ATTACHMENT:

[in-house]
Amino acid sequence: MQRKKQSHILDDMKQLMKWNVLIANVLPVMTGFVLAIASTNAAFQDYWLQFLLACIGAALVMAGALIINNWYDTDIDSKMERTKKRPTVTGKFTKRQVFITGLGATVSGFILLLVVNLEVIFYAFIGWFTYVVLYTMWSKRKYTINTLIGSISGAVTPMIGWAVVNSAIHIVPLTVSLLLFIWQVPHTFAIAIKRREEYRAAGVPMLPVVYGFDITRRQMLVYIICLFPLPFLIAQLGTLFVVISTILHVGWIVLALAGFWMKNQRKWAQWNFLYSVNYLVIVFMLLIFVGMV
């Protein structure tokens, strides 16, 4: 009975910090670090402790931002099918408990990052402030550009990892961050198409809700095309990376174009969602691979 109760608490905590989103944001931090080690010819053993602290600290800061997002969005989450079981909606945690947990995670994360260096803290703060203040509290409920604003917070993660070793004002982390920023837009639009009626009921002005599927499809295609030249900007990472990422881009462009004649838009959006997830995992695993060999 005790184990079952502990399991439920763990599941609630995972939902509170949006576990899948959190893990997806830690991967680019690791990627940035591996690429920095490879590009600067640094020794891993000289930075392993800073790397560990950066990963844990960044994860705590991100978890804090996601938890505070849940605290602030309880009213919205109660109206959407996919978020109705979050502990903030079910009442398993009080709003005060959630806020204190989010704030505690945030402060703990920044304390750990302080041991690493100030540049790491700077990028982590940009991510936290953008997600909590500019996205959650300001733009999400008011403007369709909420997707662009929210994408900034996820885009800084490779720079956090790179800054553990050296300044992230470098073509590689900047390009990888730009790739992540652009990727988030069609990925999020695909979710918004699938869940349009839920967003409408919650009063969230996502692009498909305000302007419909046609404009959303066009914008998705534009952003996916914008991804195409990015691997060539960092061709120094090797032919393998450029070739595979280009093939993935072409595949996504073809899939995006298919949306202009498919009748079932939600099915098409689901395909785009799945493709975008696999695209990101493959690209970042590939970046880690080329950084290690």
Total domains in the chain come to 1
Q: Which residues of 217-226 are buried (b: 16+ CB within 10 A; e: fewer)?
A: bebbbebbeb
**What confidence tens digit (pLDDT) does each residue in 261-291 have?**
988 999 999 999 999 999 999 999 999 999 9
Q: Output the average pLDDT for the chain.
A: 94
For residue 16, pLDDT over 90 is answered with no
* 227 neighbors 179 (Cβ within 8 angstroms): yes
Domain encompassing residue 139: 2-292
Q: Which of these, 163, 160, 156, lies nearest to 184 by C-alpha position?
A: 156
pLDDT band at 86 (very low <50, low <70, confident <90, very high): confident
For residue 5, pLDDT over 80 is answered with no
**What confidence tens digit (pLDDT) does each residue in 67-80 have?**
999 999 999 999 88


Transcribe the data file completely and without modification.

[in-house]
Amino acid sequence: MQRKKQSHILDDMKQLMKWNVLIANVLPVMTGFVLAIASTNAAFQDYWLQFLLACIGAALVMAGALIINNWYDTDIDSKMERTKKRPTVTGKFTKRQVFITGLGATVSGFILLLVVNLEVIFYAFIGWFTYVVLYTMWSKRKYTINTLIGSISGAVTPMIGWAVVNSAIHIVPLTVSLLLFIWQVPHTFAIAIKRREEYRAAGVPMLPVVYGFDITRRQMLVYIICLFPLPFLIAQLGTLFVVISTILHVGWIVLALAGFWMKNQRKWAQWNFLYSVNYLVIVFMLLIFVGMV
């Protein structure tokens, strides 16, 4: 009975910090670090402790931002099918408990990052402030550009990892961050198409809700095309990376174009969602691979 109760608490905590989103944001931090080690010819053993602290600290800061997002969005989450079981909606945690947990995670994360260096803290703060203040509290409920604003917070993660070793004002982390920023837009639009009626009921002005599927499809295609030249900007990472990422881009462009004649838009959006997830995992695993060999 005790184990079952502990399991439920763990599941609630995972939902509170949006576990899948959190893990997806830690991967680019690791990627940035591996690429920095490879590009600067640094020794891993000289930075392993800073790397560990950066990963844990960044994860705590991100978890804090996601938890505070849940605290602030309880009213919205109660109206959407996919978020109705979050502990903030079910009442398993009080709003005060959630806020204190989010704030505690945030402060703990920044304390750990302080041991690493100030540049790491700077990028982590940009991510936290953008997600909590500019996205959650300001733009999400008011403007369709909420997707662009929210994408900034996820885009800084490779720079956090790179800054553990050296300044992230470098073509590689900047390009990888730009790739992540652009990727988030069609990925999020695909979710918004699938869940349009839920967003409408919650009063969230996502692009498909305000302007419909046609404009959303066009914008998705534009952003996916914008991804195409990015691997060539960092061709120094090797032919393998450029070739595979280009093939993935072409595949996504073809899939995006298919949306202009498919009748079932939600099915098409689901395909785009799945493709975008696999695209990101493959690209970042590939970046880690080329950084290690």
Total domains in the chain come to 1
Q: Which residues of 217-226 are buried (b: 16+ CB within 10 A; e: fewer)?
A: bebbbebbeb
**What confidence tens digit (pLDDT) does each residue in 261-291 have?**
988 999 999 999 999 999 999 999 999 999 9
Q: Output the average pLDDT for the chain.
A: 94
For residue 16, pLDDT over 90 is answered with no
* 227 neighbors 179 (Cβ within 8 angstroms): yes
Domain encompassing residue 139: 2-292
Q: Which of these, 163, 160, 156, lies nearest to 184 by C-alpha position?
A: 156
pLDDT band at 86 (very low <50, low <70, confident <90, very high): confident
For residue 5, pLDDT over 80 is answered with no
**What confidence tens digit (pLDDT) does each residue in 67-80 have?**
999 999 999 999 88